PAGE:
Re: Lack of wind on long distance race
Unfortunately the faster rates boats will always be victims of fleet compression when the wind dies. It will happen whether the handicap is calculated time-on-time or time-on-distance. Any time the lead boats sail out of the wind and wait for the slower boats to get to the hole, or the wind fills in from behind it won't be a happy day for the lead boats. Over the course of the season, however, situations like that will probably be balanced out by the situations where the faster boats are able to complete the race before the wind dies, leaving the slower boats to drift home, or escape from the hole before the smaller boats, and disappear.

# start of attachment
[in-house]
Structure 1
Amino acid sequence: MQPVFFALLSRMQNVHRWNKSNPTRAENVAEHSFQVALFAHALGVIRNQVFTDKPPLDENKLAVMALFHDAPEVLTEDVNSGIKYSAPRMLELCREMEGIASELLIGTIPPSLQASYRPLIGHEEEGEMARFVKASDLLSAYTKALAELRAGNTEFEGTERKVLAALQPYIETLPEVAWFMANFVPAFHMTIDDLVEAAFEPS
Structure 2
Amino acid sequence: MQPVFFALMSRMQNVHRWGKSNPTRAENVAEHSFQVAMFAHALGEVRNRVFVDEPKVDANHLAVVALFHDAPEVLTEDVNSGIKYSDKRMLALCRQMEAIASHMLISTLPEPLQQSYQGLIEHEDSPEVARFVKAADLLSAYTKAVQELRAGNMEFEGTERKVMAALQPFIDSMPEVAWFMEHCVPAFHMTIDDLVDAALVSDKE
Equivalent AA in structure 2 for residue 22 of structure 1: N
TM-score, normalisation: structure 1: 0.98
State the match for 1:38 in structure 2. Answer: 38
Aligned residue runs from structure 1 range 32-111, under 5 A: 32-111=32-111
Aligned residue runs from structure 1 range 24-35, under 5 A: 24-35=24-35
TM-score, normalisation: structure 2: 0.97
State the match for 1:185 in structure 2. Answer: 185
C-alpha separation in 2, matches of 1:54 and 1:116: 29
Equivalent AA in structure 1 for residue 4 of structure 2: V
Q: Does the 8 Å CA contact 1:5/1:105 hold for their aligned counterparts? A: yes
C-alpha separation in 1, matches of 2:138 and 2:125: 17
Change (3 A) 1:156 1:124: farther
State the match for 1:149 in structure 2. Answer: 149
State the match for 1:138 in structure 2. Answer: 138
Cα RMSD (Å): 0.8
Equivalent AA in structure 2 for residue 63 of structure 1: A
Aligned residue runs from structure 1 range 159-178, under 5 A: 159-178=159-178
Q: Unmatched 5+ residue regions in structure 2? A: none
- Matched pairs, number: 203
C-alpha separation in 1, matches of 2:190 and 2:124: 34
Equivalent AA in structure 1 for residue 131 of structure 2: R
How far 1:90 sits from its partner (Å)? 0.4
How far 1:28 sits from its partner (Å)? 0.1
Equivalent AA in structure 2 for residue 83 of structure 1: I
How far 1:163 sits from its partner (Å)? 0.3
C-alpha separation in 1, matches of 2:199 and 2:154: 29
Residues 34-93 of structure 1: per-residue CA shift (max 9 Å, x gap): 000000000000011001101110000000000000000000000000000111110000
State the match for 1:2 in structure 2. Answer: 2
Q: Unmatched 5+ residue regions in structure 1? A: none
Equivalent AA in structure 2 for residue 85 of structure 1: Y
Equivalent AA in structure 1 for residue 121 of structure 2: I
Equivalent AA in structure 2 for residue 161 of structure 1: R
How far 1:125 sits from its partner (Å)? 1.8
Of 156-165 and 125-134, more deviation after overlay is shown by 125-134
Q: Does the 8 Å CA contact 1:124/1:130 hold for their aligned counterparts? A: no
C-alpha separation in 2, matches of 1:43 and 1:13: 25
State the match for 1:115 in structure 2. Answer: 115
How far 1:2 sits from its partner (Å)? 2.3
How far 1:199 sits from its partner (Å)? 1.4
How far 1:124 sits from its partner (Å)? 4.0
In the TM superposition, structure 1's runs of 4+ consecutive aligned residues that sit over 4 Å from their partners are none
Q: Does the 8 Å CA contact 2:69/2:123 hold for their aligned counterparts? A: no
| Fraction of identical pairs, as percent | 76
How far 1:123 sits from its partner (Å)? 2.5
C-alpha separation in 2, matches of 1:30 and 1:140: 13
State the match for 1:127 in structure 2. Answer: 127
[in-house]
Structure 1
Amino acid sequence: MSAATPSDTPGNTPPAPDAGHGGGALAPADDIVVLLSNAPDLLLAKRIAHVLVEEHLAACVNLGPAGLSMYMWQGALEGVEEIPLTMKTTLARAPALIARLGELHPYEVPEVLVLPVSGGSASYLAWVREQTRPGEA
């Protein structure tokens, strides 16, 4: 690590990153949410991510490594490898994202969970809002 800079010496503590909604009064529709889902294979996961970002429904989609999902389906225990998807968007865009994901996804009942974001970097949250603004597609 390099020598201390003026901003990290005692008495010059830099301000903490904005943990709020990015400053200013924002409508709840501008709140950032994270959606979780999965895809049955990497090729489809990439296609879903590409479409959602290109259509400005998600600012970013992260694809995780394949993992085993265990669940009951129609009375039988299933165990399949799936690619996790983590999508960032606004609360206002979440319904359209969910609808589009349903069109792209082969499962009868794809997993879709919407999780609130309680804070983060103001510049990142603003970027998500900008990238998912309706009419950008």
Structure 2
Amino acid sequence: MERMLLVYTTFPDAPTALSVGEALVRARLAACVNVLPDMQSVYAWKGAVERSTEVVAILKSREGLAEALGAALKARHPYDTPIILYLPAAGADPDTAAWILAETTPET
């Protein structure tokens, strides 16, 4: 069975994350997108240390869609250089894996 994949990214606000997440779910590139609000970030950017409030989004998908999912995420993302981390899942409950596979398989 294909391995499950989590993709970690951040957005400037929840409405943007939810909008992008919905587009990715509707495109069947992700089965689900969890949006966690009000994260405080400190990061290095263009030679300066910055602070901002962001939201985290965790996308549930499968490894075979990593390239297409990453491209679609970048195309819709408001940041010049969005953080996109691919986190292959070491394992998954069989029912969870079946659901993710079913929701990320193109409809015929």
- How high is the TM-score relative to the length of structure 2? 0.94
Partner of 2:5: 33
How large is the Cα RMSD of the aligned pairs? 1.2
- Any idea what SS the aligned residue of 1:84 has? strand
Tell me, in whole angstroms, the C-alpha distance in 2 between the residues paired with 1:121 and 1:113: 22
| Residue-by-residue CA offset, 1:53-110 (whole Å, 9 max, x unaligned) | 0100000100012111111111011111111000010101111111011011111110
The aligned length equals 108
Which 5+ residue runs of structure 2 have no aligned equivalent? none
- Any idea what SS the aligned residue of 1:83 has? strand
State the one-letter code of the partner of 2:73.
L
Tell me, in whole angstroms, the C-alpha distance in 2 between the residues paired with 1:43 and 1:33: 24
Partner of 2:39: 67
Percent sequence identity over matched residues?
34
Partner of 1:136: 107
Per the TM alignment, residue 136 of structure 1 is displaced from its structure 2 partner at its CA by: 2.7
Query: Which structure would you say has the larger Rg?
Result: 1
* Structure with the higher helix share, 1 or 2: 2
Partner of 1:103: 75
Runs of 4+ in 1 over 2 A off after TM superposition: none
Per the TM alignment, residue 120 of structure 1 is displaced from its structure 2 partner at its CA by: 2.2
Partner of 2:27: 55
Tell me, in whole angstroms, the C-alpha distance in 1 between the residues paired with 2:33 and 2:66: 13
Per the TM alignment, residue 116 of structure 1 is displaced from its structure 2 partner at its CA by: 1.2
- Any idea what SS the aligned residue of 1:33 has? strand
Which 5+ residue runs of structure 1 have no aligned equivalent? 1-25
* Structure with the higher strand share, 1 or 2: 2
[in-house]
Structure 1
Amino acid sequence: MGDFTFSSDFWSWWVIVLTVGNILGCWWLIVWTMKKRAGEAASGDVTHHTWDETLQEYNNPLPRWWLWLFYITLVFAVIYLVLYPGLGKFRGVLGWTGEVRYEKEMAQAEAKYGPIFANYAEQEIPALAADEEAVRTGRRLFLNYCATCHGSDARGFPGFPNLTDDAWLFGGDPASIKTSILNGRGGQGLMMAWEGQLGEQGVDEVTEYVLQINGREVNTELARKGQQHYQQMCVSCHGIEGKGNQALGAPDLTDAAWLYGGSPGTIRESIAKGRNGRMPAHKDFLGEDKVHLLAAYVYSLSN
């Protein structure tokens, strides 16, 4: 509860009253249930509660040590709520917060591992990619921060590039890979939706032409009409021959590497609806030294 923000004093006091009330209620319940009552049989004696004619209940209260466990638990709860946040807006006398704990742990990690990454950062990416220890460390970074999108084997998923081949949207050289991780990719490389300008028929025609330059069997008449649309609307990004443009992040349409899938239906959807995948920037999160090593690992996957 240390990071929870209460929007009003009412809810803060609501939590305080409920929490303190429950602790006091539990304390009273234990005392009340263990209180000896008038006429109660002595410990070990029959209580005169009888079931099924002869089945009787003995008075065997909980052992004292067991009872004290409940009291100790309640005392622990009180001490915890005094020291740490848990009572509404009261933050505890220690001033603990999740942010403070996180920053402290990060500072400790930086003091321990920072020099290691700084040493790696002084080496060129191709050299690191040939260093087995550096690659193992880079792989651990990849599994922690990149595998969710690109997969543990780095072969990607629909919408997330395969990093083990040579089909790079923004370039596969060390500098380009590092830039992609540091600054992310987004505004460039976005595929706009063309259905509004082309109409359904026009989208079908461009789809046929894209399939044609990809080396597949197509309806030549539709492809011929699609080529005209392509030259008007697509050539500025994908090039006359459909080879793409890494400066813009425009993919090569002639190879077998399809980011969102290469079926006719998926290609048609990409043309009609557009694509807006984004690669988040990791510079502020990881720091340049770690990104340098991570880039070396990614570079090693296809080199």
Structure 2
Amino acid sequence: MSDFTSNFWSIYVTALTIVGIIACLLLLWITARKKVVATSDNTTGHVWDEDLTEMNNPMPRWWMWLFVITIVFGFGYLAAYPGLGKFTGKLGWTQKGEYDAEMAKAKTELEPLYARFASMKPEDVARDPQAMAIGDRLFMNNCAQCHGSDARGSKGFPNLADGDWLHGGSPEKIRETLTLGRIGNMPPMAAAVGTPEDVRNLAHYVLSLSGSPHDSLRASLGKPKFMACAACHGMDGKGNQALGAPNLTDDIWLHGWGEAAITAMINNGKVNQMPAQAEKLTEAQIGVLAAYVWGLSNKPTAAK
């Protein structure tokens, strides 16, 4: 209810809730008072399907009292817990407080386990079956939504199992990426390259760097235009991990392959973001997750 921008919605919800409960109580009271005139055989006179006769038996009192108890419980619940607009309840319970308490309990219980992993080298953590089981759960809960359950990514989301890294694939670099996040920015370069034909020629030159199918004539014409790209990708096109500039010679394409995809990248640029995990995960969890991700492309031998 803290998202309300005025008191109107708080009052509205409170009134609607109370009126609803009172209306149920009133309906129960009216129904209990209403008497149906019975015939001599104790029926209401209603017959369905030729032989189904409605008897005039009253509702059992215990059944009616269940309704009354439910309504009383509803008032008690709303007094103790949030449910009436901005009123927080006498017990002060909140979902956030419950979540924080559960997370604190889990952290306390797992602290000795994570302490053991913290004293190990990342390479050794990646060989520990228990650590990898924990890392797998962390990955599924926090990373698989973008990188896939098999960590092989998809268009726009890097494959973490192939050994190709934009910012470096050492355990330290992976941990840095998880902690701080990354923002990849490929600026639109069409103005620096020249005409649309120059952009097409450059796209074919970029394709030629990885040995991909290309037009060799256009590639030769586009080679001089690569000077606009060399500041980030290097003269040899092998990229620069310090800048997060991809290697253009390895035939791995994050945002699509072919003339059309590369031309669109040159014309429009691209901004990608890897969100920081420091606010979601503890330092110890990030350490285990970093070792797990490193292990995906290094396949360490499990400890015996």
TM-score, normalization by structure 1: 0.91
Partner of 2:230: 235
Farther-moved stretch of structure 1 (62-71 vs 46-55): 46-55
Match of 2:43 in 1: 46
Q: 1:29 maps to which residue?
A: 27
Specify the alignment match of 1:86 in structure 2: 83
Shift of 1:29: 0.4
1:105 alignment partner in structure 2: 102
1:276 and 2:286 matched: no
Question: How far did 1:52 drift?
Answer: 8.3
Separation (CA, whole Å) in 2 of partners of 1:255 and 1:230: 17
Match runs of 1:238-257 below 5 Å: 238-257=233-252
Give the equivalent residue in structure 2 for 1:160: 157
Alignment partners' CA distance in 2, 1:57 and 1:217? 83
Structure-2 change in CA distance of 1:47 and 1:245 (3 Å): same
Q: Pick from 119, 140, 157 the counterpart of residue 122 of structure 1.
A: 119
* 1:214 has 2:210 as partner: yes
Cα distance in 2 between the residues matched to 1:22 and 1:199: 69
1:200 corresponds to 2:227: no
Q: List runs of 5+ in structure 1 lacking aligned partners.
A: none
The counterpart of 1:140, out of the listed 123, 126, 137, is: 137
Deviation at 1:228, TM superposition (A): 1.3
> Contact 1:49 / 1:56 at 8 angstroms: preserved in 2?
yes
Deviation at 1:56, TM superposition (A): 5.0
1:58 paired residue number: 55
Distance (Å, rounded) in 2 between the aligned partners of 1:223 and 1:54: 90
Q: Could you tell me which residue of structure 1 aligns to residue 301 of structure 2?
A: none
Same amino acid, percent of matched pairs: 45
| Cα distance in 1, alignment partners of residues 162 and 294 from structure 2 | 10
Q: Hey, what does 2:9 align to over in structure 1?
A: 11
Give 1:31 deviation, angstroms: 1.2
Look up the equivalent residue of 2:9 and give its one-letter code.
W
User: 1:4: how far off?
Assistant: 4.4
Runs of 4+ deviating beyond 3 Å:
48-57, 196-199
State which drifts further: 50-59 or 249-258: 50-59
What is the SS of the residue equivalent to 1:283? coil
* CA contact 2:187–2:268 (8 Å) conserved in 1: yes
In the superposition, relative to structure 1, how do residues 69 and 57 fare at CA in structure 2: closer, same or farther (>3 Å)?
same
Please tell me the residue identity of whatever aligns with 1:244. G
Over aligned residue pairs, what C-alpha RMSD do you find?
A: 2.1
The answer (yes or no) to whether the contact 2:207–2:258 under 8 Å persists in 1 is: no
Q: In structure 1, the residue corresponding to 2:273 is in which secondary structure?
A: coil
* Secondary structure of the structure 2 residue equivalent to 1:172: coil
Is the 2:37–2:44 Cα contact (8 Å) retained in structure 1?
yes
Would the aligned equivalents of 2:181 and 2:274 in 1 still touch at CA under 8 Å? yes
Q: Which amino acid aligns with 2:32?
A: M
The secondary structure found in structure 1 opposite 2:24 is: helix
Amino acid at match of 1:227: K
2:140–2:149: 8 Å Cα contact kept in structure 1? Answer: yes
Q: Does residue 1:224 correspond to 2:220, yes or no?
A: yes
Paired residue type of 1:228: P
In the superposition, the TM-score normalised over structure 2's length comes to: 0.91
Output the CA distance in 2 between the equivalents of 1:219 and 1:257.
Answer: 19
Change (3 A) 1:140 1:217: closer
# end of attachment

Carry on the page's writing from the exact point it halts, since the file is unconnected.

The biggest thing I see when the wind shuts off is that on a lot of boats the crews pull out the snack and drinks and wait for the wind to come back with their sails flopping. It is the boats that stay focused and never give up trying to keep the boat moving that prevail. In my experience there is almost never NO wind, and there are usually opportunities for the crews that maintain a high level of concentration. Light air sailing can be exhausting!
1979 Santana 30 Tall Rig